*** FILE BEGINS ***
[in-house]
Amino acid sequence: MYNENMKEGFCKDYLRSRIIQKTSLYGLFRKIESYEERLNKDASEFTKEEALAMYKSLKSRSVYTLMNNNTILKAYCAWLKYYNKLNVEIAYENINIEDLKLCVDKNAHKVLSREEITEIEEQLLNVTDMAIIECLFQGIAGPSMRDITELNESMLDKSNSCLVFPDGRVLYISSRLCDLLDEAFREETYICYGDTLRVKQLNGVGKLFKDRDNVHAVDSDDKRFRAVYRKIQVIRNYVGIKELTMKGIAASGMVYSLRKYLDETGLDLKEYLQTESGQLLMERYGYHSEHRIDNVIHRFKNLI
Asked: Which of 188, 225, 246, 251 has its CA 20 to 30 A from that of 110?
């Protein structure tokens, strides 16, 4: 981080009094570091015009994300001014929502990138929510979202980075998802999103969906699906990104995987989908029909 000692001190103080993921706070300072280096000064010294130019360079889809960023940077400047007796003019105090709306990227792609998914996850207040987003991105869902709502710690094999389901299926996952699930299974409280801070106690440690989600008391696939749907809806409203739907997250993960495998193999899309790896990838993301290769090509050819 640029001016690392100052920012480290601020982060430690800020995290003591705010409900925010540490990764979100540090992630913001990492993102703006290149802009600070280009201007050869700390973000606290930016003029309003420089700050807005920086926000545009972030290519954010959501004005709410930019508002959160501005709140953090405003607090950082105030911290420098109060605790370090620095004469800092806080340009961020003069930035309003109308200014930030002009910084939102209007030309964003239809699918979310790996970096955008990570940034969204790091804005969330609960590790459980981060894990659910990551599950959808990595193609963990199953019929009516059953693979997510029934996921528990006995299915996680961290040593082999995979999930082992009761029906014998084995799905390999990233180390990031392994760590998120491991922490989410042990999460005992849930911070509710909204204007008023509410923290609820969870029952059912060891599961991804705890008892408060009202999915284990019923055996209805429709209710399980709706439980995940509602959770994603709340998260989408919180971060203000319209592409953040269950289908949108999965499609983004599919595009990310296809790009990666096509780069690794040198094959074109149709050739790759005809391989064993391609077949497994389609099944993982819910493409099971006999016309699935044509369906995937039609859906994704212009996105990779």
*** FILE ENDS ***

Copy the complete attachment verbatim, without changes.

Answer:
[in-house]
Amino acid sequence: MYNENMKEGFCKDYLRSRIIQKTSLYGLFRKIESYEERLNKDASEFTKEEALAMYKSLKSRSVYTLMNNNTILKAYCAWLKYYNKLNVEIAYENINIEDLKLCVDKNAHKVLSREEITEIEEQLLNVTDMAIIECLFQGIAGPSMRDITELNESMLDKSNSCLVFPDGRVLYISSRLCDLLDEAFREETYICYGDTLRVKQLNGVGKLFKDRDNVHAVDSDDKRFRAVYRKIQVIRNYVGIKELTMKGIAASGMVYSLRKYLDETGLDLKEYLQTESGQLLMERYGYHSEHRIDNVIHRFKNLI
Asked: Which of 188, 225, 246, 251 has its CA 20 to 30 A from that of 110?
């Protein structure tokens, strides 16, 4: 981080009094570091015009994300001014929502990138929510979202980075998802999103969906699906990104995987989908029909 000692001190103080993921706070300072280096000064010294130019360079889809960023940077400047007796003019105090709306990227792609998914996850207040987003991105869902709502710690094999389901299926996952699930299974409280801070106690440690989600008391696939749907809806409203739907997250993960495998193999899309790896990838993301290769090509050819 640029001016690392100052920012480290601020982060430690800020995290003591705010409900925010540490990764979100540090992630913001990492993102703006290149802009600070280009201007050869700390973000606290930016003029309003420089700050807005920086926000545009972030290519954010959501004005709410930019508002959160501005709140953090405003607090950082105030911290420098109060605790370090620095004469800092806080340009961020003069930035309003109308200014930030002009910084939102209007030309964003239809699918979310790996970096955008990570940034969204790091804005969330609960590790459980981060894990659910990551599950959808990595193609963990199953019929009516059953693979997510029934996921528990006995299915996680961290040593082999995979999930082992009761029906014998084995799905390999990233180390990031392994760590998120491991922490989410042990999460005992849930911070509710909204204007008023509410923290609820969870029952059912060891599961991804705890008892408060009202999915284990019923055996209805429709209710399980709706439980995940509602959770994603709340998260989408919180971060203000319209592409953040269950289908949108999965499609983004599919595009990310296809790009990666096509780069690794040198094959074109149709050739790759005809391989064993391609077949497994389609099944993982819910493409099971006999016309699935044509369906995937039609859906994704212009996105990779």